Bertrand Russell: The Analysis of Mind


* See his "The New Physiology and Other Addresses," Griffin, 1919, also the symposium, "Are Physical, Biological and Psychological Categories Irreducible?" in "Life and Finite Individuality," edited for the Aristotelian Society, with an Introduction. By H. Wildon Carr, Williams & Norgate, 1918.

The argument from the connection of brain-lesions with loss of memory is not so strong as it looks, though it has also, some weight. What we know is that memory, and mnemic phenomena generally, can be disturbed or destroyed by changes in the brain. This certainly proves that the brain plays an essential part in the causation of memory, but does not prove that a certain state of the brain is, by itself, a sufficient condition for the existence of memory. Yet it is this last that has to be proved. The theory of the engram, or any similar theory, has to maintain that, given a body and brain in a suitable state, a man will have a certain memory, without the need of any further conditions. What is known, however, is only that he will not have memories if his body and brain are not in a suitable state. That is to say, the appropriate state of body and brain is proved to be necessary for memory, but not to be sufficient. So far, therefore, as our definite knowledge goes, memory may require for its causation a past occurrence as well as a certain present state of the brain.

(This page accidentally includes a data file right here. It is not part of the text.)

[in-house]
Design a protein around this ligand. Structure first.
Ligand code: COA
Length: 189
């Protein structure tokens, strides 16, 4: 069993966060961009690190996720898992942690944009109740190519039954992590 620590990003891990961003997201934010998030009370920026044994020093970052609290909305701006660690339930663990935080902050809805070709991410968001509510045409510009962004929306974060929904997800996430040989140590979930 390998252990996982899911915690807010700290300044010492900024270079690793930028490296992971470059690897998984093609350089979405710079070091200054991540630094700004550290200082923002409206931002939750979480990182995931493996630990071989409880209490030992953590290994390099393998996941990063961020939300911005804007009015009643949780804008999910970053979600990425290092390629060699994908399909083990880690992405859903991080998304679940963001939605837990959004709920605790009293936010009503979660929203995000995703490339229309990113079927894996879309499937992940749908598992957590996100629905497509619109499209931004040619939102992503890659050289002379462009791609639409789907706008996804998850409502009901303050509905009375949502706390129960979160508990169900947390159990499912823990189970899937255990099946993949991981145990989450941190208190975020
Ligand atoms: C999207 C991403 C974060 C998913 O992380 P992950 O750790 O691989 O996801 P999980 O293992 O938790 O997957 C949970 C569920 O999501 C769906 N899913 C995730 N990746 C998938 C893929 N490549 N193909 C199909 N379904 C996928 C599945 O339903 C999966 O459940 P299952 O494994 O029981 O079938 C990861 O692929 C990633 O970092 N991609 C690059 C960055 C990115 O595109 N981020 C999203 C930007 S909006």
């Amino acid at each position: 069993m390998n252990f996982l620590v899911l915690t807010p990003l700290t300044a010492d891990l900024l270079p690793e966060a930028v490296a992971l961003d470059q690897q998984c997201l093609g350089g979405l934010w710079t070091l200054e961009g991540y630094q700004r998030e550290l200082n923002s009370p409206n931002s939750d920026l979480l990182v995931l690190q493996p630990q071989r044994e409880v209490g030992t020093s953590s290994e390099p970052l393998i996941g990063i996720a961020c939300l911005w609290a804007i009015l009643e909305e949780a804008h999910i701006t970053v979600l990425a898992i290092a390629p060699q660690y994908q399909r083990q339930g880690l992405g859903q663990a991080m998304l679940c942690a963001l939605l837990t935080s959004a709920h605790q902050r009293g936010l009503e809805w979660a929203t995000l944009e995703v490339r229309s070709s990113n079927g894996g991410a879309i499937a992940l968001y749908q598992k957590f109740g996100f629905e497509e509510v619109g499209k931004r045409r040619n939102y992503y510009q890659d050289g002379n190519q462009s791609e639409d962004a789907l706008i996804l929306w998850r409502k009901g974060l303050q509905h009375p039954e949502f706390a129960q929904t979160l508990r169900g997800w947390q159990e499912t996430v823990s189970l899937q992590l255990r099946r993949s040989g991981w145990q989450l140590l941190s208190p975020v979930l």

In order to prove conclusively that mnemic phenomena arise whenever certain physiological conditions are fulfilled, we ought to be able actually to see differences between the brain of a man who speaks English and that of a man who speaks French, between the brain of a man who has seen New York and can recall it, and that of a man who has never seen that city. It may be that the time will come when this will be possible, but at present we are very far removed from it. At present, there is, so far as I am aware, no good evidence that every difference between the knowledge possessed by A and that possessed by B is paralleled by some difference in their brains. We may believe that this is the case, but if we do, our belief is based upon analogies and general scientific maxims, not upon any foundation of detailed observation. I am myself inclined, as a working hypothesis, to adopt the belief in question, and to hold that past experience only affects present behaviour through modifications of physiological structure. But the evidence seems not quite conclusive, so that I do not think we ought to forget the other hypothesis, or to reject entirely the possibility that mnemic causation may be the ultimate explanation of mnemic phenomena. I say this, not because I think it LIKELY that mnemic causation is ultimate, but merely because I think it POSSIBLE, and because it often turns out important to the progress of science to remember hypotheses which have previously seemed improbable.

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